Mother Nature reared her ugly head again over the weekend, April 30-May 1, in some parts of northwest North Dakota, dumping more than a foot of snow over an already saturated landscape and leaving major portions of the region – at least 29 communities – without power.

North Dakota beef producers were in the heart of the storm, tirelessly working to protect their herds and, especially, the many newborn calves that are on the ground and that are still making their debut. Challenges came in the form of wind, rain and snow and from disoriented animals drifting with the storms.

“This has been a tremendously stressful winter – both for people and their livestock,” said North Dakota Stockmen’s Association (NDSA) President Jason Schmidt, a rancher from Medina, ND. “Our hearts go out to all those who suffered losses over the weekend and who are scrambling to find some semblance of normal this week.”

While the weather has improved since the windy, rainy, blizzardy Saturday, cattle producers are still busy taking inventory of their herds, “pairing up” cows and calves, treating those that are now sick with pneumonia or scours, and burying those that perished. Ranchers’ workload will be intense in the days ahead as well, as they continue to treat and care for their animals.

Schmidt reminds producers who have lost cattle as a result of this or another adverse weather event that the Livestock Indemnity Program (LIP) is available to those who have experienced above-normal mortality rates. LIP provides some compensation for weather-related death losses. Livestock losses from some diseases may also be eligible if the disease was accelerated or intensified by an eligible adverse weather event. LIP is administered by the Farm Service Agency (FSA).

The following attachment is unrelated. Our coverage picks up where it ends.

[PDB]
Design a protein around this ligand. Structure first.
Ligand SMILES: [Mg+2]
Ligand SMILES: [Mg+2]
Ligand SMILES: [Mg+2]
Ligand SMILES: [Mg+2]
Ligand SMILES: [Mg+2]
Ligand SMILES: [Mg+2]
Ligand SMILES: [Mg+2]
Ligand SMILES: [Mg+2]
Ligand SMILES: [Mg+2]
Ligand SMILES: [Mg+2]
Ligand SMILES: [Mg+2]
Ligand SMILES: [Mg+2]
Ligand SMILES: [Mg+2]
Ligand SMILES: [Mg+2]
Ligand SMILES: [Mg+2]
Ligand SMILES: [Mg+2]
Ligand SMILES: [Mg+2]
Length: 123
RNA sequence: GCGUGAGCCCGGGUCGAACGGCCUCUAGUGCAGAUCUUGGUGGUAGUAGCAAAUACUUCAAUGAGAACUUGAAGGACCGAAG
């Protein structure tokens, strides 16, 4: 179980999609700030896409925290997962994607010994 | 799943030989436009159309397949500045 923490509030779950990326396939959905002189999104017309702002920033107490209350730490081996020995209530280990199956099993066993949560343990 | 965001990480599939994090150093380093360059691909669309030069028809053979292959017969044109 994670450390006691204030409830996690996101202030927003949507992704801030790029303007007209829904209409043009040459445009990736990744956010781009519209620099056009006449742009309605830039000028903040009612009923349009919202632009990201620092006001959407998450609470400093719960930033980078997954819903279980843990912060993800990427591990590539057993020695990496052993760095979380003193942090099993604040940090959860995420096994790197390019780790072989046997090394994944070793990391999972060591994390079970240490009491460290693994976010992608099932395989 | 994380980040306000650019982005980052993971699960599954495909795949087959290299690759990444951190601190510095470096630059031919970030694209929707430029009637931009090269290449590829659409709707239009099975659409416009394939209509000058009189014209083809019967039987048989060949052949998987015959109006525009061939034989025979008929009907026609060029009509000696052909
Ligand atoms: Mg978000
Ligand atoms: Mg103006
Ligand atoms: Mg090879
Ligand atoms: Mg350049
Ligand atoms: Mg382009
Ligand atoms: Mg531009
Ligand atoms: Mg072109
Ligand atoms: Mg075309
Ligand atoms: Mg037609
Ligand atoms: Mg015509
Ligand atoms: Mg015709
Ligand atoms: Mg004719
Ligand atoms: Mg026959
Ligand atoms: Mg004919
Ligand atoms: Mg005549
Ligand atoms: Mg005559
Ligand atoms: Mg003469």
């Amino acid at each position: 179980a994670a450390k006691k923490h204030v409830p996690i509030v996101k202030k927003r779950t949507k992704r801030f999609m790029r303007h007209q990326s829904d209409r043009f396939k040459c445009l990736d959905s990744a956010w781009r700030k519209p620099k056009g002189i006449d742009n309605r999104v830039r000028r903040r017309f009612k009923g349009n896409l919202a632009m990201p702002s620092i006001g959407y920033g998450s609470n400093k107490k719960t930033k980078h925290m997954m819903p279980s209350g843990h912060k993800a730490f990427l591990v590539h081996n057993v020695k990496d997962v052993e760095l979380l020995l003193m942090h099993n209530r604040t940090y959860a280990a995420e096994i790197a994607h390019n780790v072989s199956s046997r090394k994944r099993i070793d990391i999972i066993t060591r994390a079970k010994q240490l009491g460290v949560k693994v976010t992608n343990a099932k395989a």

The program covers livestock, such as cattle, sheep, swine, poultry and goats, as well as other animals that were being used for commercial purposes as part of a farming operation.

Producers must file a notice of loss to their local FSA office within 30 days of the loss being apparent. The notice of loss may be completed by telephone, in person or by e-mail or fax.

In application for the LIP, producers will be required to provide documentation about their losses. FSA officials suggest that producers use a camera with an imprinted date feature to document their losses. Other verifiable documentation includes things such as veterinary records, bank or other loan documents, production records or calving books. If these types of records are not available, a certificate from a third party may be accepted if the third party is not affiliated with the producer’s operation, but has specific knowledge of the deaths. In those cases, inventory records will also be required. For more information about LIP, contact your local FSA office.

“The determination our ranchers have – even with the extra circumstances the weather poses on our livelihood and our sanity – never ceases to amaze me. That grit, that dedication, that passion, is something to be admired,” said Schmidt. “I’m hopeful that producers will remain positive as they work through the conditions at hand. The North Dakota Stockmen’s Association stands ready to assist them in any way it can.”